Monday, February 23, 2009

Chinese Money

Lama Temple Donations
I mentioned before, there are a lot of different names for yuan. There are also an absurd amount of denominations.

Yuan Bills:
1 元
5 元
10 元
20 元
50 元
100 元

Apparently there are 500元 and 1000元 bills also. I've only seen 1000元 bills once (see below). The ATMs dispense 100元 notes, but 1元 and 10元 are probably the most useful.

There are, however, MORE bills!
A tenth of a Yuan is a jiao (角, also a nickname for money itself, confusing right). There are two denominations of jiao bills: the 1角 and the 5角. This is like having a bill for a dime and a 50 cent piece.

But don't worry. THEY ALSO HAVE coins for those denominations. Along with coins for 1元.

And, in case that wasn't enough. In addition to bills and coins for tenths of yuan, there are coins for hundredths of yuan (pennies). These are called fen (分) and are lightweight, come in 1, 2 and 5 denominations, feel like children's play money and are an abomination unto the lord.

Let's do the math really quickly to see why.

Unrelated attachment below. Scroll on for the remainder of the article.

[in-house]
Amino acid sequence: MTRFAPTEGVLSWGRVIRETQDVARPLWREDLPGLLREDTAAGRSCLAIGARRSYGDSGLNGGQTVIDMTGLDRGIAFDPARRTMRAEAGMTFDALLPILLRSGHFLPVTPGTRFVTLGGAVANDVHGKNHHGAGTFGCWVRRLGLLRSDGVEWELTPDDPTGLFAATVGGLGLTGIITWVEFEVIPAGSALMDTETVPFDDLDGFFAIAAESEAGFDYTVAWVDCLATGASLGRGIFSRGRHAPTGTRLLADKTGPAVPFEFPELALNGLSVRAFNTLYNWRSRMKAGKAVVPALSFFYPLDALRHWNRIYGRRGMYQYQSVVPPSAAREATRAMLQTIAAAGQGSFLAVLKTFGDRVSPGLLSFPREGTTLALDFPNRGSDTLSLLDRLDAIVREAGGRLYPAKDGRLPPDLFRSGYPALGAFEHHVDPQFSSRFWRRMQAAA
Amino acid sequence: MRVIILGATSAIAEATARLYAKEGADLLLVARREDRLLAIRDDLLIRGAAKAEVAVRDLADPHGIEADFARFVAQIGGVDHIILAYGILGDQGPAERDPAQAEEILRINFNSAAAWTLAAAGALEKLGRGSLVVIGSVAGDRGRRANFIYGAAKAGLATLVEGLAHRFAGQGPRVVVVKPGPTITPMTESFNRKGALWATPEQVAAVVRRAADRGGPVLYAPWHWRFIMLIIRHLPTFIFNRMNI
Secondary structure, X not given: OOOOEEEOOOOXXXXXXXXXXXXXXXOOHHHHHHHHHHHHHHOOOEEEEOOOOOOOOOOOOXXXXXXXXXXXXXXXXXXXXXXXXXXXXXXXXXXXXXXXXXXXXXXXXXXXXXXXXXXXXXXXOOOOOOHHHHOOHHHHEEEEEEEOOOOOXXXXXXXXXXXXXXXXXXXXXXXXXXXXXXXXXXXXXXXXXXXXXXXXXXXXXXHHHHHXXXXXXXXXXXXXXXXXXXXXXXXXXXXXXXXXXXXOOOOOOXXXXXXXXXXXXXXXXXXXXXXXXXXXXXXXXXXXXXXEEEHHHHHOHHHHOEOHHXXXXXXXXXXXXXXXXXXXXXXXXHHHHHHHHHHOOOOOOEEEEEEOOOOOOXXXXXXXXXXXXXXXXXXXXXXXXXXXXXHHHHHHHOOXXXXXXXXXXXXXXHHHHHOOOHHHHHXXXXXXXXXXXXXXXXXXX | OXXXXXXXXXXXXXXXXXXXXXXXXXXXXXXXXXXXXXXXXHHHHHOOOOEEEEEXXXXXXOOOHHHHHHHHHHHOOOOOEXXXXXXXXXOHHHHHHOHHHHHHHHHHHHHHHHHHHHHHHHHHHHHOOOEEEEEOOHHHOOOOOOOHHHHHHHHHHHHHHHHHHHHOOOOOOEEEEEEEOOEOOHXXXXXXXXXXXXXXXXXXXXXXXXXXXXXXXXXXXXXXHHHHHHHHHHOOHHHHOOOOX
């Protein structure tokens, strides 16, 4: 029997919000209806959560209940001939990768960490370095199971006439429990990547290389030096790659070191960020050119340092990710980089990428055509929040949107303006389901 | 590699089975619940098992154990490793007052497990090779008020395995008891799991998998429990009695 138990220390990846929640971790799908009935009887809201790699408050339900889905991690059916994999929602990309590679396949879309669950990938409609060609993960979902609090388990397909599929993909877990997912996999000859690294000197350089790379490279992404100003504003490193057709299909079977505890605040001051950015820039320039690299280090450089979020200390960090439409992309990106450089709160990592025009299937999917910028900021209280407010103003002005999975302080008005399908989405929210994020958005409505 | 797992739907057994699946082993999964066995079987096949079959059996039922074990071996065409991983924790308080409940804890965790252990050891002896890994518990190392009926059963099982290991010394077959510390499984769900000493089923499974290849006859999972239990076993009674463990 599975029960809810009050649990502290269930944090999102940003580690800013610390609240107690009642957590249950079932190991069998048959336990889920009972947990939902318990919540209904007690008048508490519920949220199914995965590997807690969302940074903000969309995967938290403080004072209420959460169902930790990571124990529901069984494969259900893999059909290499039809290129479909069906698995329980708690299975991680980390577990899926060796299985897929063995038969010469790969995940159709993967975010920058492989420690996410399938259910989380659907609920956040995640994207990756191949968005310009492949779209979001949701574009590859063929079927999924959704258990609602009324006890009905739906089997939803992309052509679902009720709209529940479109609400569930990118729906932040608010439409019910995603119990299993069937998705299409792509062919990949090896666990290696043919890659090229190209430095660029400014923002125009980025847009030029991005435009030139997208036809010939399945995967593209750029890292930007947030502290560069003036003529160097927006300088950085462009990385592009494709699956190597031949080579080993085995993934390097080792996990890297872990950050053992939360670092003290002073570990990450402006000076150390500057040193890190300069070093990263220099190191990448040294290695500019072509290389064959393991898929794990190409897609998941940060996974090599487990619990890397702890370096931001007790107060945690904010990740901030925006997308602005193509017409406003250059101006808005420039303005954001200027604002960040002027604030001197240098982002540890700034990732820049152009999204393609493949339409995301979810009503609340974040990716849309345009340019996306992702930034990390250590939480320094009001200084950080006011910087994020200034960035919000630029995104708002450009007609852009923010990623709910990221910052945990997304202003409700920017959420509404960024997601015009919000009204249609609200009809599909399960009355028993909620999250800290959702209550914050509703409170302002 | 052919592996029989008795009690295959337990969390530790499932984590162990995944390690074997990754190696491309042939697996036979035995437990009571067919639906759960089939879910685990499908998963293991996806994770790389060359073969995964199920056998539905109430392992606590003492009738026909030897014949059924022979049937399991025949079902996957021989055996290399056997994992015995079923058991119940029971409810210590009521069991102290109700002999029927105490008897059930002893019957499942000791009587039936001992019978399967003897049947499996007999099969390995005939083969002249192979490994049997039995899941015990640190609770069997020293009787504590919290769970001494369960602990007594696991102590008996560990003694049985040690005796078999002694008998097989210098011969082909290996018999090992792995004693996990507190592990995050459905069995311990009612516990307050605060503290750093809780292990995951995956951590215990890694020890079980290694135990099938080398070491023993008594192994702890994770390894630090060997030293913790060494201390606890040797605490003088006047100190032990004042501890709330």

1元 = $0.146
1元 = 10角
1角 = 10分

That means each fen is equal to $0.00146. And people bother giving me a fen as change sometimes.

Usually people give fen to beggars or throw them into wishing wells at temples. I'm not sure why any god or temple would want fen, or even jiao. A really industrious beggar could gather up 70分 (7角 for those of you paying attention) and buy a steamed dumpling from a street food vendor. For those of you paying attention: Yes - you can buy a delicious, delicious street dumpling for $0.10.

Not all people mock the heavens by throwing a pittance into the wishing well. I was recently at the Lama Temple and noticed my first ever 1000元 note. Someone wished for good fortune by throwing a bill worth $146 into a pile of perfumed oil. 

Now THAT is baller praying.
1000 Yuan Bill at Lama Temple